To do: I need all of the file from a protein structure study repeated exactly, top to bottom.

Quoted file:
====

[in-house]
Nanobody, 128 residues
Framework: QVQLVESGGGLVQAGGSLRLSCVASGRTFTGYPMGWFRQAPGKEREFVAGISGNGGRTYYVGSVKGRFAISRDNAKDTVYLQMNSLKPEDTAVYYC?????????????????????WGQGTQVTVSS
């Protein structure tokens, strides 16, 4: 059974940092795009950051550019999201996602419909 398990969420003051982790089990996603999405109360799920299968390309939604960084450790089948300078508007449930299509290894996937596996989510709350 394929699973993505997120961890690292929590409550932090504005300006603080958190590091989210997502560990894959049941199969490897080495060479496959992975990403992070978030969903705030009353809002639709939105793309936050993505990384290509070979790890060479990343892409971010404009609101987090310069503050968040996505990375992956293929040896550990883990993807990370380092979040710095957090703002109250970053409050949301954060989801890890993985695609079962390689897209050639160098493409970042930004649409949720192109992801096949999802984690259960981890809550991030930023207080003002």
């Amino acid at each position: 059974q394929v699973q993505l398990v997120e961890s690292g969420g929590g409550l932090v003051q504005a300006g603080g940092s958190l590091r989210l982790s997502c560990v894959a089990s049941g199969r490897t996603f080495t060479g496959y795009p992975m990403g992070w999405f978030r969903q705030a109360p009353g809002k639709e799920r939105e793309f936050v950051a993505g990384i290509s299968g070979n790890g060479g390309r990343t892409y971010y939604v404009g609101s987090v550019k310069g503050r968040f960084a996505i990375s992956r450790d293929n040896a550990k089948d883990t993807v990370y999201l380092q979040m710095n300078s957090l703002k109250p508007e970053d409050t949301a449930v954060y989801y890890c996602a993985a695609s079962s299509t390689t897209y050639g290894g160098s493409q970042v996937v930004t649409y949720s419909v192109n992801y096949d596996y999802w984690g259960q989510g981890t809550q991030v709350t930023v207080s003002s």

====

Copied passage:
[in-house]
Nanobody, 128 residues
Framework: QVQLVESGGGLVQAGGSLRLSCVASGRTFTGYPMGWFRQAPGKEREFVAGISGNGGRTYYVGSVKGRFAISRDNAKDTVYLQMNSLKPEDTAVYYC?????????????????????WGQGTQVTVSS
């Protein structure tokens, strides 16, 4: 059974940092795009950051550019999201996602419909 398990969420003051982790089990996603999405109360799920299968390309939604960084450790089948300078508007449930299509290894996937596996989510709350 394929699973993505997120961890690292929590409550932090504005300006603080958190590091989210997502560990894959049941199969490897080495060479496959992975990403992070978030969903705030009353809002639709939105793309936050993505990384290509070979790890060479990343892409971010404009609101987090310069503050968040996505990375992956293929040896550990883990993807990370380092979040710095957090703002109250970053409050949301954060989801890890993985695609079962390689897209050639160098493409970042930004649409949720192109992801096949999802984690259960981890809550991030930023207080003002």
């Amino acid at each position: 059974q394929v699973q993505l398990v997120e961890s690292g969420g929590g409550l932090v003051q504005a300006g603080g940092s958190l590091r989210l982790s997502c560990v894959a089990s049941g199969r490897t996603f080495t060479g496959y795009p992975m990403g992070w999405f978030r969903q705030a109360p009353g809002k639709e799920r939105e793309f936050v950051a993505g990384i290509s299968g070979n790890g060479g390309r990343t892409y971010y939604v404009g609101s987090v550019k310069g503050r968040f960084a996505i990375s992956r450790d293929n040896a550990k089948d883990t993807v990370y999201l380092q979040m710095n300078s957090l703002k109250p508007e970053d409050t949301a449930v954060y989801y890890c996602a993985a695609s079962s299509t390689t897209y050639g290894g160098s493409q970042v996937v930004t649409y949720s419909v192109n992801y096949d596996y999802w984690g259960q989510g981890t809550q991030v709350t930023v207080s003002s």